There was a time when scuba diving was considered a dangerous and physically demanding activity. But today, things have changed, all thanks to the advancement in scuba gear and equipment.
The use of sophisticated gadgets like dive computers, refined dive plans, and proper understanding of the activity itself have made scuba diving easier and safer than it used to be. Almost everyone can learn how to dive.
But there are some restrictions in scuba diving, and one of these is age. Whether or not a person is too old or too young to dive has always been a topic of discussion. So in this post we look at age as one of the most important requirements for scuba diving to help you understand the perfect time in life to get started with dive lessons.
Scuba Diving Age Restrictions
Someone once said that age is just but a number, and that we all are as old as we feel. Can you remember those days when you wake up feeling all energized and full of enthusiasm? Other days you wake up bored and feeling so negative and crappy that you get thinking, “Good heavens, am I 100 years already”?
What we are trying to say is, no one is too old to go scuba diving. If you are 60 years old and still feel like you can carry the weight of a scuba tank, and slip into your wet suit just fine, you can take scuba diving lessons.
But wait, scuba diving has a minimum age, which happens to be 8 years. If you are 7 and reading this (which we doubt), sorry, you got to wait a little bit more to play in the underwater gardens.
Most diving organizations will offer special courses for kids aged 8 years and above in shallow, monitored conditions and allow those aged 10 years and over to take open water diving certification courses. However, in the US, most diving organizations require children to be at least 12 years of age before enrolling in a certification course.
So, Are You Physically And Mentally Fit For Scuba Diving?
Currently, there are no scuba diving age limits for older people. However, if you are 45 years and older, you will need to make sure that you are healthy both mentally and physically. A medical examination can tell you whether you are fit to enroll in scuba diving courses or not.
Before you begin the course, you will be required to answer a medical questionnaire that will determine whether you are physically fit for diving or not. The high pressure experienced underwater affects how a diver’s body functions. A health condition may not be noticeable or bothersome in everyday life but could turn life threatening underwater.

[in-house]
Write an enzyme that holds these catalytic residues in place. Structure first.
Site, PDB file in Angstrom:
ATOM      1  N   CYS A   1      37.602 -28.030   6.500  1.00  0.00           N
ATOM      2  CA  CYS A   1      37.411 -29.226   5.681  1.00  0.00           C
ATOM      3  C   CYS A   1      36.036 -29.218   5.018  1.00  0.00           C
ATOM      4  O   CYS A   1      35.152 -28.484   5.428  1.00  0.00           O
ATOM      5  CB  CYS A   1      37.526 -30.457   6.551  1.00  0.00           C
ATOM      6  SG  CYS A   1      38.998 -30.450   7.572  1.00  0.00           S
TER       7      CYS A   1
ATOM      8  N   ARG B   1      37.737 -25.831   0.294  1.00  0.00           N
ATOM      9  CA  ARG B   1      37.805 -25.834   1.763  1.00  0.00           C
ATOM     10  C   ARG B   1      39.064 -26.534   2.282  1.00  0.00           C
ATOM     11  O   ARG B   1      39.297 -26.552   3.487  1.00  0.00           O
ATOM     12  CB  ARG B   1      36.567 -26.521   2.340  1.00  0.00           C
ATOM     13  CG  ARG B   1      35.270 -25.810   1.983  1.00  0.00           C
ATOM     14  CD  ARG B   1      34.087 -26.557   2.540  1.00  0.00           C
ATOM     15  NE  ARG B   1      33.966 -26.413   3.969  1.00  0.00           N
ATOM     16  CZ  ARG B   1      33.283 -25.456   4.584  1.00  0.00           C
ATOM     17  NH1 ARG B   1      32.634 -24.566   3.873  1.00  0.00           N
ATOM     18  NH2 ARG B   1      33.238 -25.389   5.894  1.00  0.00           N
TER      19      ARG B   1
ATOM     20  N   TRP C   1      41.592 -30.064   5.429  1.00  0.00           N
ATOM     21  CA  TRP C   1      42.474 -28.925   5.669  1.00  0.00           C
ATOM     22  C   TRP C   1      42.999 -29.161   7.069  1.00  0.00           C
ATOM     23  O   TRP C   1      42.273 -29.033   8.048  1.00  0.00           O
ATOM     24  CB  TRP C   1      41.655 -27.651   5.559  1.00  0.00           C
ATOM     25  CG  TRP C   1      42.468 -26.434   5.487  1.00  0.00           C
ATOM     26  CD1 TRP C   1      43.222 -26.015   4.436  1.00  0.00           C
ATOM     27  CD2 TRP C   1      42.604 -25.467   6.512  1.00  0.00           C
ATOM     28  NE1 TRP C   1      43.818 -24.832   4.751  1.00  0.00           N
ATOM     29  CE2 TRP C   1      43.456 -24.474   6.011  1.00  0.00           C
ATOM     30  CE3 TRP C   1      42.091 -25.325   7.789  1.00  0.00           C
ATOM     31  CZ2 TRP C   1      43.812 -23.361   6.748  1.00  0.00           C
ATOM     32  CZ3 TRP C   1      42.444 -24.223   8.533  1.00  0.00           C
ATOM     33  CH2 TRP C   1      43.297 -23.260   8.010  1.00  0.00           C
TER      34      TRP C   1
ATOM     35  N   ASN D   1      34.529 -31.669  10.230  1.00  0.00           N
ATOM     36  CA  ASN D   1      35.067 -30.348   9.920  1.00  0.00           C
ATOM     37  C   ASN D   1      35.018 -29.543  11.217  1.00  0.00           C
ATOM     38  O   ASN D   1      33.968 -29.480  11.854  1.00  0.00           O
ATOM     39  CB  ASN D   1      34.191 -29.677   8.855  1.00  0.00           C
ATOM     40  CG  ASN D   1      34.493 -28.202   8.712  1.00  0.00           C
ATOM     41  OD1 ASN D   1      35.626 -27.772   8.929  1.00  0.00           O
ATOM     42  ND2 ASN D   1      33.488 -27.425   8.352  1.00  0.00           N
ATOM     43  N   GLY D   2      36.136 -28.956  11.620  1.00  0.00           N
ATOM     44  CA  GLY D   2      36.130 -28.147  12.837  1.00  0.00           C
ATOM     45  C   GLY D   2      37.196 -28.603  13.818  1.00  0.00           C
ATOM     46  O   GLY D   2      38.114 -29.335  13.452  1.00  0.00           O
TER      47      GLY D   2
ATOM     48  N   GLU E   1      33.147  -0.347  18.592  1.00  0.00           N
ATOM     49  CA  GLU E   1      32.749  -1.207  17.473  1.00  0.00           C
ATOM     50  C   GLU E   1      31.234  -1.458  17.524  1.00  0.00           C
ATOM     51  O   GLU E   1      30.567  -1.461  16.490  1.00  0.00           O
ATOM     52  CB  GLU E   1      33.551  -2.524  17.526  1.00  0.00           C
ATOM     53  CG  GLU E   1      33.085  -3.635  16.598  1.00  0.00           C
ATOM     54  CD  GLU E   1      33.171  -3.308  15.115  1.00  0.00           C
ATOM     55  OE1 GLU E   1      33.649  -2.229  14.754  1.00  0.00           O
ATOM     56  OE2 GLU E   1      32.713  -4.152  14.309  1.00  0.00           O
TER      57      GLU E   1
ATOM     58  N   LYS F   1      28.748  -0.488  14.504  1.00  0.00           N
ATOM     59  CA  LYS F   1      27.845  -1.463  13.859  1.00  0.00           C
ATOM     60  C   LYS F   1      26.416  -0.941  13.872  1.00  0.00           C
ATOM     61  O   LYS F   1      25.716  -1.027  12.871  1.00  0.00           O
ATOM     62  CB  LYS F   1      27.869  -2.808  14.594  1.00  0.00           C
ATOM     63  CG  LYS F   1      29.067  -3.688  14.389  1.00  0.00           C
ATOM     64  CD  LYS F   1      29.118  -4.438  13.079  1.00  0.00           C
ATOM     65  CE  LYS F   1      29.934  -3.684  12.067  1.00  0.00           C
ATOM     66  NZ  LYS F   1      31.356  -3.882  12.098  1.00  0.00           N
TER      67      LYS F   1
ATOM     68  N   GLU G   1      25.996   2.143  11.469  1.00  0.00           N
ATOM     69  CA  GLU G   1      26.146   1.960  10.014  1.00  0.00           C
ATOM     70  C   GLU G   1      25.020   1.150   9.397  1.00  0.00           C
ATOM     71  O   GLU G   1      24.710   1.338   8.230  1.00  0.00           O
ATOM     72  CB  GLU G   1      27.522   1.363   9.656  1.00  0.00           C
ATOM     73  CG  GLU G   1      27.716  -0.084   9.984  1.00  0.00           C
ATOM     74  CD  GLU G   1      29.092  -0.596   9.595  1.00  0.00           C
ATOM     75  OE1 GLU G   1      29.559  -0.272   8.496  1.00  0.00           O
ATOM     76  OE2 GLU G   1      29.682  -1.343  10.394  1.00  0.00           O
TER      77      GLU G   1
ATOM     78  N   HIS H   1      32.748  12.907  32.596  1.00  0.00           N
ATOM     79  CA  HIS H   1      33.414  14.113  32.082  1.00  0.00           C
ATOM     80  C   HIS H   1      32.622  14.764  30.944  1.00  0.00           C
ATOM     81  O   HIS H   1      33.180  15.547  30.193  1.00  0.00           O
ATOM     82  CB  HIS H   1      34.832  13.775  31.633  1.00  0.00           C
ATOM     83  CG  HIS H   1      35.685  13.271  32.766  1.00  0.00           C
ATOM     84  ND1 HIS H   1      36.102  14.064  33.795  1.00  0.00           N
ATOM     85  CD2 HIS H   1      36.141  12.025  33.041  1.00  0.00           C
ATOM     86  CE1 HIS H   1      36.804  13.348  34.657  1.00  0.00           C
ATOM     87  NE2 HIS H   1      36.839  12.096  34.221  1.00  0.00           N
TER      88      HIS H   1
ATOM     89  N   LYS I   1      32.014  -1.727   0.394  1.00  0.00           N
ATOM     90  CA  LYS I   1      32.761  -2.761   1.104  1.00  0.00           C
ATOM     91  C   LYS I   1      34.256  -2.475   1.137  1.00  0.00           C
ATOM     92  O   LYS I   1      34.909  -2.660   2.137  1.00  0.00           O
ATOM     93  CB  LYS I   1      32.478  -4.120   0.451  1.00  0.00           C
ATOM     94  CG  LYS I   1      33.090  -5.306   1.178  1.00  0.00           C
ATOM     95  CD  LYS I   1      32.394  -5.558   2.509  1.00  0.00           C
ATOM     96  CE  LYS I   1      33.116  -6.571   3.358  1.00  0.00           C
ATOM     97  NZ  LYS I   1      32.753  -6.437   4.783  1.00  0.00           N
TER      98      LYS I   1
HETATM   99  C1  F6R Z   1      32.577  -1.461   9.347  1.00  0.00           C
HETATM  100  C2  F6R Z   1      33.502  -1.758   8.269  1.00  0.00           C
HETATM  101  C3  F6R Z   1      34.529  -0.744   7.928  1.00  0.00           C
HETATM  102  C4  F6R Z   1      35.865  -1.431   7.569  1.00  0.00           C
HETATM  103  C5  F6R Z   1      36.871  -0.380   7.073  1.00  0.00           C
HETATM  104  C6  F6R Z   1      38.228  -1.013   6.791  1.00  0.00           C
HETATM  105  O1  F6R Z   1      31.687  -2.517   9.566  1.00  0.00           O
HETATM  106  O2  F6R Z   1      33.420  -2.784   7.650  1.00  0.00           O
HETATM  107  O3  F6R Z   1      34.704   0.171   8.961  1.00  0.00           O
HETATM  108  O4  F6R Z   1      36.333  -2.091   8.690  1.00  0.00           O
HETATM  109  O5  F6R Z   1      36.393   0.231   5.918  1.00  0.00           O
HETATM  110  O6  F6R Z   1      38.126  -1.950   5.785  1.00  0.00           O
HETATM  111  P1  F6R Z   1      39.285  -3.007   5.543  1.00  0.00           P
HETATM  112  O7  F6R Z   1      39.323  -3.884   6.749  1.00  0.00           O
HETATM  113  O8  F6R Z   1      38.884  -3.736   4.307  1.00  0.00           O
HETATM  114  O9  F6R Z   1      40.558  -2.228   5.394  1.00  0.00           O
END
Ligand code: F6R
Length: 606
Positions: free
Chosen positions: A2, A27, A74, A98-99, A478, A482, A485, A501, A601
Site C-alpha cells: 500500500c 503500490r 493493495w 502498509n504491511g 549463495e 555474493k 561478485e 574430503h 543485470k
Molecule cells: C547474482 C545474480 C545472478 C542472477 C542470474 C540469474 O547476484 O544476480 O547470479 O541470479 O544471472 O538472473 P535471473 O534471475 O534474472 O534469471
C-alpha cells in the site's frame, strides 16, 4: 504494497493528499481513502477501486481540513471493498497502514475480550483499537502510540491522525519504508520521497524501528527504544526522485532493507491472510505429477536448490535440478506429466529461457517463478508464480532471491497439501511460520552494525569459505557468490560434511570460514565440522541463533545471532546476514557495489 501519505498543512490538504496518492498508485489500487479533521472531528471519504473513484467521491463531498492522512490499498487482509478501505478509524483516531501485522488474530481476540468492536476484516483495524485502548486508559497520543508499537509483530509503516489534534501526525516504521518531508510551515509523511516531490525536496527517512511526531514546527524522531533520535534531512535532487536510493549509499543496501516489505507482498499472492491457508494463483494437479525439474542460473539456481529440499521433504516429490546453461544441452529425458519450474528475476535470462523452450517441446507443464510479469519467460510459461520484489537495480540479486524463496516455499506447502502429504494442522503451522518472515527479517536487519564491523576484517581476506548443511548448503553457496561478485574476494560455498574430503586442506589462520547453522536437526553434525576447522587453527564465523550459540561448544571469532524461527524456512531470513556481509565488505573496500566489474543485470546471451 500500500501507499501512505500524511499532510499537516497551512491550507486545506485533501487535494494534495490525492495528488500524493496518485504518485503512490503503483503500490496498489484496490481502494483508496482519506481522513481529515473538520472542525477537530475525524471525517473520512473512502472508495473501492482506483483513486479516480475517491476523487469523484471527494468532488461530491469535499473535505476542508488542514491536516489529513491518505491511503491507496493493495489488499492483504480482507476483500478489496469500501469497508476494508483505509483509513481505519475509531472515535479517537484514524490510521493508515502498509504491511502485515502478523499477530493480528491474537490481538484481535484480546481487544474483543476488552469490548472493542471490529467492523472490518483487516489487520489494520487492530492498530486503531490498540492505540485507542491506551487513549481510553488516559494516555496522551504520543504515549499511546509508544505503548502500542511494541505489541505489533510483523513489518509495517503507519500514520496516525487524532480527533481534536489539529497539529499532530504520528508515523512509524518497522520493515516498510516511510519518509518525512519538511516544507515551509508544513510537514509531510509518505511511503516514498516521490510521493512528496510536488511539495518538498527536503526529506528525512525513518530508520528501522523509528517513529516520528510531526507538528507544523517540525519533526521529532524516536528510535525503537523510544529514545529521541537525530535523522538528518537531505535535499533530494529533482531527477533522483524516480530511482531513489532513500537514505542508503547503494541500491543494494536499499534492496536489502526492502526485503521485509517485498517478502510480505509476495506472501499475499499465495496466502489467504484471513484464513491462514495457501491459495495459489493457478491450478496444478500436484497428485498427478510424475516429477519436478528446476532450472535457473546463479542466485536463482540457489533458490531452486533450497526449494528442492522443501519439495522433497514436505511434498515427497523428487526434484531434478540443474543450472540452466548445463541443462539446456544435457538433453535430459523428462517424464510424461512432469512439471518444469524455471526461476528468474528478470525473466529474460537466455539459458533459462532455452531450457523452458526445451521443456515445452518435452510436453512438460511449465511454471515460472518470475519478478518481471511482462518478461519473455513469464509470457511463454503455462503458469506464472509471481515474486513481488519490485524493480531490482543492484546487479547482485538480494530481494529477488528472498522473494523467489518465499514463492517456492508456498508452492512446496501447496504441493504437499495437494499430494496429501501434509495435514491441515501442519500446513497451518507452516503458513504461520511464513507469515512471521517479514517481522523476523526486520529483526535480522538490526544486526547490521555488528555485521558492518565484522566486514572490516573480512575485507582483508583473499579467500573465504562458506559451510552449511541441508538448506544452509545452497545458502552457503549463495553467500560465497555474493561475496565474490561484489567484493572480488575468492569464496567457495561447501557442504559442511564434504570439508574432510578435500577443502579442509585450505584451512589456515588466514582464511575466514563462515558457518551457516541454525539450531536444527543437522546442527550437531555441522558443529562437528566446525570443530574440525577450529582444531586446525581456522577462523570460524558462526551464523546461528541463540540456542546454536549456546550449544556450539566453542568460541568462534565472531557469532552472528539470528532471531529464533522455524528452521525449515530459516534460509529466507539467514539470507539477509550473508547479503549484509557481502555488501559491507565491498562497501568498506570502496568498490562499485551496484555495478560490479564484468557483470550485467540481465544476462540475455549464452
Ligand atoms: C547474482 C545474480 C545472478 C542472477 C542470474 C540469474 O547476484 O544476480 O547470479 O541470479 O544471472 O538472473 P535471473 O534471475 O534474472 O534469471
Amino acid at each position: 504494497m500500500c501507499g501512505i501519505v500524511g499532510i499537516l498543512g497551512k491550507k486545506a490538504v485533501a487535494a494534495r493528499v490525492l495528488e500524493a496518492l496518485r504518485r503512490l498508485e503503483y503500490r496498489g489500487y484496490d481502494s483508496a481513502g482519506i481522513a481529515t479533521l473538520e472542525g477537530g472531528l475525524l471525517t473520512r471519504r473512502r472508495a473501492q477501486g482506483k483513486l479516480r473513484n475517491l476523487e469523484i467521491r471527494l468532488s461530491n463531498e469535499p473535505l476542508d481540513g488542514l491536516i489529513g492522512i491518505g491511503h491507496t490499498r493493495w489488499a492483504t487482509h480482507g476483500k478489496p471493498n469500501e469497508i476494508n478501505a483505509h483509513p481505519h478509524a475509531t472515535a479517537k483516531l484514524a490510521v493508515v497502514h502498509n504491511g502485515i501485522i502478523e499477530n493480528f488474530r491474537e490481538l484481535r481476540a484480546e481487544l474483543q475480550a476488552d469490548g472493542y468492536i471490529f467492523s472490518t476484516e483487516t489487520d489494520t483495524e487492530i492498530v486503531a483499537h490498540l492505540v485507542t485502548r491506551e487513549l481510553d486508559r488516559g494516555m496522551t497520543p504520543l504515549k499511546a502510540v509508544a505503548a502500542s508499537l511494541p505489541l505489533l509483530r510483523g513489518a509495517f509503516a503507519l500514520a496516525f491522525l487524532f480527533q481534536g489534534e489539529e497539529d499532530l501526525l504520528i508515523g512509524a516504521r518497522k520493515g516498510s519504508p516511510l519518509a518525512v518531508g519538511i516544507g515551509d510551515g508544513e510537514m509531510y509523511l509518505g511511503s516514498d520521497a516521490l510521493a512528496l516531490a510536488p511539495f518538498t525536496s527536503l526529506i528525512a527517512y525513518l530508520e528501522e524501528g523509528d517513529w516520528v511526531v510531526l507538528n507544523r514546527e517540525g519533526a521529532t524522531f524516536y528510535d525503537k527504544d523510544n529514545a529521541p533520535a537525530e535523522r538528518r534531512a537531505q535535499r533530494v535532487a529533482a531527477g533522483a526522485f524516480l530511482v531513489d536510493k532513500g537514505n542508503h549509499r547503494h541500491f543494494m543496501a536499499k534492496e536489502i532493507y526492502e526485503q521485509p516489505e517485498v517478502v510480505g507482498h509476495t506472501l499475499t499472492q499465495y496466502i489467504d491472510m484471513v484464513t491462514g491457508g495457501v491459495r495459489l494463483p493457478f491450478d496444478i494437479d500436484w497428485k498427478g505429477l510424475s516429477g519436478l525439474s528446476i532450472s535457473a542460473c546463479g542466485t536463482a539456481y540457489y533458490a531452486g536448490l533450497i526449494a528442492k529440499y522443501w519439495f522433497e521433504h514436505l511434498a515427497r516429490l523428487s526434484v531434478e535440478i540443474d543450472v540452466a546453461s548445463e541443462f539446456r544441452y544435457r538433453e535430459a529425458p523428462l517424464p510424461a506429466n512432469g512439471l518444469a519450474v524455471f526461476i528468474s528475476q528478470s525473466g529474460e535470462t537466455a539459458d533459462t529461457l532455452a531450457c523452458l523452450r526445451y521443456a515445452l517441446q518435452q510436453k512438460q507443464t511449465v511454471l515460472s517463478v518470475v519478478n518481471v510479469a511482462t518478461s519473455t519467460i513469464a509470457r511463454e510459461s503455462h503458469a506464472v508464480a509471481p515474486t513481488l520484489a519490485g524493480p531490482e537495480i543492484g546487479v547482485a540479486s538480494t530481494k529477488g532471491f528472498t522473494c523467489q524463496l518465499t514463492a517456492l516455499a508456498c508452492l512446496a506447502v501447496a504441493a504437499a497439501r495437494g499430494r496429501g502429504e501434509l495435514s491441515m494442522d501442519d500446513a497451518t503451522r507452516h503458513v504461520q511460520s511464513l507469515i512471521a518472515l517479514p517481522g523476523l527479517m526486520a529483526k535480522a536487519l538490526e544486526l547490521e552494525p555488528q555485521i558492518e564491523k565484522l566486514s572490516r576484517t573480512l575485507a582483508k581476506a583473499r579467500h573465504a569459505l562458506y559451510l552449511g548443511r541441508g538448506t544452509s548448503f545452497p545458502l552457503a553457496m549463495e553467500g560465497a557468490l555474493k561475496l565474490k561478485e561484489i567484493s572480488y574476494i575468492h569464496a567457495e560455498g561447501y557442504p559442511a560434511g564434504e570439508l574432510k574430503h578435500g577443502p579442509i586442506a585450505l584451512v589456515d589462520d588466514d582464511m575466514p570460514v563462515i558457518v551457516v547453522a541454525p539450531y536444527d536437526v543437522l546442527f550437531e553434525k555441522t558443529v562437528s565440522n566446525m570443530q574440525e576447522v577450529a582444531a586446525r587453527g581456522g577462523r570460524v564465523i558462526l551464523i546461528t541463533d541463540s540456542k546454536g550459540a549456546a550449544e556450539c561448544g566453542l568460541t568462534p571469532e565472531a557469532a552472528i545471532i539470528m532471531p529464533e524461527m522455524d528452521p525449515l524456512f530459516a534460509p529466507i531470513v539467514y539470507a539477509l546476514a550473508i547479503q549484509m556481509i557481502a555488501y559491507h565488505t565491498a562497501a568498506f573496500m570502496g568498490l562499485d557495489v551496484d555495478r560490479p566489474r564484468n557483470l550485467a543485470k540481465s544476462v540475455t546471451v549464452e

Asthma, collapsed lungs or any other respiratory system problems could be a potential danger underwater. Problems with ear equalization could also put you at risk of conditions like ear barotrauma and vertigo, not forgetting allergies and certain cardiovascular diseases.
Most diving questionnaires, for instance will ask those who are above 45 years old to give information about their lifestyle habits, cholesterol levels and family history of cardiovascular diseases. Acknowledging any of the medical conditions listed on the questionnaire means that you can’t take diving classes without a written consent from a physician.
Health is a major factor in scuba diving requirements. So, make sure to answer the medical questionnaire honestly before you begin to dive, and review it regularly throughout your diving career.
Scuba Diving At An Older Age
One of the reasons why scuba diving at an older age was once disapproved is that experts previously thought that older divers would not be able to cope with the pressure changes underwater due to the general decline of their lungs over time. Scientists particularly argued that lungs of elderly divers would retain a dangerous amount of carbon dioxide, which could affect their breathing underwater.
However, studies were later conducted and showed that older divers retain the same amount of gas as younger divers. And thanks to modern diving equipment, most of the problems associated with senior divers can be mitigated too. For instance, vulnerability to hypothermia can now be reduced by wearing a dry suit and staying warm while scuba diving. Poor vision can be resolved by using prescription scuba masks or contact lenses.
Scuba diving age limits for older divers are being scrapped off slowly by slowly and many countries are now allowing the elderly to learn the spot as an effective way of exercising.
How About People With Disabilities?
Disability is not inability, and yes, you can dive with it. Today, there are scuba diving agencies that offer courses entirely for people with a physical disadvantage. This type of diving is commonly known as adaptive diving and has become increasingly popular in recent years.
Adaptive scuba diving equipment has been developed to cater to those who may face challenges using the normal dive gear. For instance, there are webbed gloves today for divers who can’t use scuba fins.
Swimming And Scuba Diving
Do you need to know how to swim to scuba dive? Surprisingly, being a pro swimmer is not listed among the top scuba diving requirements. However, you need to be comfortable in the water. You should not be terrified to an extent that you can’t even stand in the deeper end of the pool.
To enroll in scuba diving courses, all you need is to be comfortable and at ease while in the water. But to earn a certification, you will have to pass a watermanship test, which varies based on the organization and level of certification.
Globo Surf Overview
Though age comes with potential health implications, it doesn’t determine who gets to learn scuba diving and who does not. As long as you are physically and mentally fit and pass all the requested medical questionnaires, you should be able to enroll in a dive course. Similarly, as long as you maintain the required fitness level and go for regular health checkups, you have no reason not to continue enjoying scuba diving for as long as you wish.